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Wild Animals/Wild animal identification


Having lived in the Sequoia National Forest for 28 years, I have never before seen the animal I watched this morning around 11 AM. The white snow made a stark contrast with the dark, sleek body of this animal.  There is a creek about 50 feet from my window, and the animal was romping in the snow on the creek bank.  It appeared taller and longer than a weasel, a stoat, or a domestic cat.  Strangely, it's body shape seemed most similar to that of a mongoose.  It actually appeared about the size of a white-tailed mongoose with a similarly shaped long tail arching above the hind legs, dropping to the ground, and curling upward at the tip. (I realize the mongoose is not found on this continent; I only use it for comparison sake.)  The animal's coloring appeared entirely black or at least very dark with no white or light colored markings.  

Would you have any idea what animal I may have seen in this area of the world? I'm so sorry I could not grab my camera in time.  Thanks for any insight you may provide on this mystery critter!

Dear Colleen,

My guess would be a Pacific Fisher, which is a denizen of your neck of the woods.  You can see pictures here for comparison:

Fierce predators, and can be dangerous to small pets and even very small children.  Good to be aware.

Fun to see them, though. They are beautiful animals.


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Dana Krempels, Ph.D.


I'm an evolutionary biologist with a passion for animals. Ask about natural history, behavior, ecology, evolution. PLEASE NOTE:

If you have found an "orphaned" or injured wild animal or bird:
Please don't waste time asking questions on the internet, as the answers may come too late. DO NOT FEED THE ANIMAL, and DO NOT HANDLE IT unless it is in imminent danger. (Many wild "orphans" are not orphans at all!) If you are absolutely sure it is orphaned, keep it warm and quiet, and find a LICENSED WILDLIFE REHABILITATOR HERE. Don't try to raise a baby yourself, or rehabilitate an injured anmal. Many a well-intentioned rescuer will do more harm than good, especially with baby birds and baby rabbits.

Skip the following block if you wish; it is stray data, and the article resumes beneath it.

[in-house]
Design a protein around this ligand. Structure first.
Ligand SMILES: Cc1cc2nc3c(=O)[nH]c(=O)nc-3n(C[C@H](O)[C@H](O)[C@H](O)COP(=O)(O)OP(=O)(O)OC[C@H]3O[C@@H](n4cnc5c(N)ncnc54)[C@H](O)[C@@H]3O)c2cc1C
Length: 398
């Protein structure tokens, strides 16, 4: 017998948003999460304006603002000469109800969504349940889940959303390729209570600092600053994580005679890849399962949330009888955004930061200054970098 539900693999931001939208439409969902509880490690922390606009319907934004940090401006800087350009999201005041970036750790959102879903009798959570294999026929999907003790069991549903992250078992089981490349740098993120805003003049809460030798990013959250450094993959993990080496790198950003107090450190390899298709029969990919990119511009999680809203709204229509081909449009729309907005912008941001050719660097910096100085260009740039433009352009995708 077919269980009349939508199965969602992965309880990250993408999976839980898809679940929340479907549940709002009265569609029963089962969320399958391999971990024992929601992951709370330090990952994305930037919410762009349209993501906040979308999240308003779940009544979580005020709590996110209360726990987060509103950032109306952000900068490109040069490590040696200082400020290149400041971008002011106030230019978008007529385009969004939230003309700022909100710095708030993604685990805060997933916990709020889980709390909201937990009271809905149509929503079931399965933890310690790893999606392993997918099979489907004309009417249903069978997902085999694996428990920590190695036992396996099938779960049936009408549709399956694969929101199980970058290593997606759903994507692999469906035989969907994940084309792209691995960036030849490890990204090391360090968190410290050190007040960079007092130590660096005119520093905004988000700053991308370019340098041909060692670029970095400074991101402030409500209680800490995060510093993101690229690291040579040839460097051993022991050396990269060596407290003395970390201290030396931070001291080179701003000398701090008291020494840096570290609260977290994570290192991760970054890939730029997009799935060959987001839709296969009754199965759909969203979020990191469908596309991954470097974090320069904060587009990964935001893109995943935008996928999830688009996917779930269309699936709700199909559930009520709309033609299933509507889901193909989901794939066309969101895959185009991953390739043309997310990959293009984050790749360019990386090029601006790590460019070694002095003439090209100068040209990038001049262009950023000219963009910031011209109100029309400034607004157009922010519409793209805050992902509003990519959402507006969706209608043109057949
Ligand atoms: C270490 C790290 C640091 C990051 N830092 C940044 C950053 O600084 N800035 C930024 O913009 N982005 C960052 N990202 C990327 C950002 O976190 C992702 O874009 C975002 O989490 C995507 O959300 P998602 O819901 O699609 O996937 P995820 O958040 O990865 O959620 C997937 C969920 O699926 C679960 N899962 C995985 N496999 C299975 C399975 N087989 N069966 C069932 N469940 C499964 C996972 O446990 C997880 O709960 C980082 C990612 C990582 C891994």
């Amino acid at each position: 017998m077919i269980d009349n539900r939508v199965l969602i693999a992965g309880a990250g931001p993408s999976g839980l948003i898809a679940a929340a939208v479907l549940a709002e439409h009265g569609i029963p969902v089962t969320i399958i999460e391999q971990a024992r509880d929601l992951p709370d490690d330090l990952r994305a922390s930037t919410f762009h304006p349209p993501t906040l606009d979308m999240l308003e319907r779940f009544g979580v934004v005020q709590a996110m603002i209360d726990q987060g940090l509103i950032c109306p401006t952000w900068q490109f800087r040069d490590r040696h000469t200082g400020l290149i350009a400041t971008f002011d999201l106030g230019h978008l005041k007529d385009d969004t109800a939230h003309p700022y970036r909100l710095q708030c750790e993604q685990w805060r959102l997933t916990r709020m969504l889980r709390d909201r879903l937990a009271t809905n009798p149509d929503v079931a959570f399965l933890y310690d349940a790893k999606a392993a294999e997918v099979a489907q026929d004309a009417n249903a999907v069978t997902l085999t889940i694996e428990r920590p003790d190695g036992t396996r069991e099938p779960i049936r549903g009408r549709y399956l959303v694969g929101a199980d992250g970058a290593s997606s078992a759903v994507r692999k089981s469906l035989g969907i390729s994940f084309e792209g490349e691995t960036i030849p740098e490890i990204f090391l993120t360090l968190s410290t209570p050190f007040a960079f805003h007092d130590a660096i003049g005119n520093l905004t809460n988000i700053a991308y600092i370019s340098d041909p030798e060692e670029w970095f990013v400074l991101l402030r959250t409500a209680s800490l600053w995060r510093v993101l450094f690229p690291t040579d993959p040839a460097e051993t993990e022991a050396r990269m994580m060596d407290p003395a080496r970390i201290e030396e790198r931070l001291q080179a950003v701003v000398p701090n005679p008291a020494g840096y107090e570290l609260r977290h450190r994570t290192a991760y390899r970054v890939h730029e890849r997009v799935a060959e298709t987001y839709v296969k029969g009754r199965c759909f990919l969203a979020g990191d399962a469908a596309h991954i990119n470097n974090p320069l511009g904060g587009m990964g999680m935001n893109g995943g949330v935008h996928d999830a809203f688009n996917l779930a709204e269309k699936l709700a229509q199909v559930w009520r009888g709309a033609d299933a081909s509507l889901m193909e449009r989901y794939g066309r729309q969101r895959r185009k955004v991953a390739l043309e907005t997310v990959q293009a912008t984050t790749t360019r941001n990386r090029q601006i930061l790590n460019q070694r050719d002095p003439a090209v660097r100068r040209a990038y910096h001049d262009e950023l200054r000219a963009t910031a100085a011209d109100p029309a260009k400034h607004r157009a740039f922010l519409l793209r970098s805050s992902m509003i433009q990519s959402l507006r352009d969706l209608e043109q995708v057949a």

Without geographic location, time of day and habitat, I can't help. A clear picture is always best.

It's impossible for me to I.D. an animal call without hearing it myself.

I'm not an expert on comparative strengths of different animals (more complicated than you might think!) nor bite forces.

I refuse to answer "Which of these two animals--X or X--would win in a fight?".

These hypothetical matchups range from impossible (Grizzly Bears and Gorillas don't even occupy the same continent.) to ridiculous (Someone asked me "Who would win a fight between a Great White Shark and a tiger?").

The vast majority of animals--even the fierce and powerful--are not as warlike as Homo sapiens, and it's childish to project our aggressiveness onto them.


I have been the fortunate caregiver to a group of Black-tailed Jackrabbits rescued from the Miami International Airport, and not releasable in this area because they are not native. I also have rehabbed and released Eastern Cottontails, and am in contact with many very experienced wildlife rescuers who regularly handle injured or orphaned rabbits and hares.

House Rabbit Society

Exotic DVM journal

I have a Ph.D. in Biology, with main areas of expertise in evolutionary biology, genetics, botany, and ecology.

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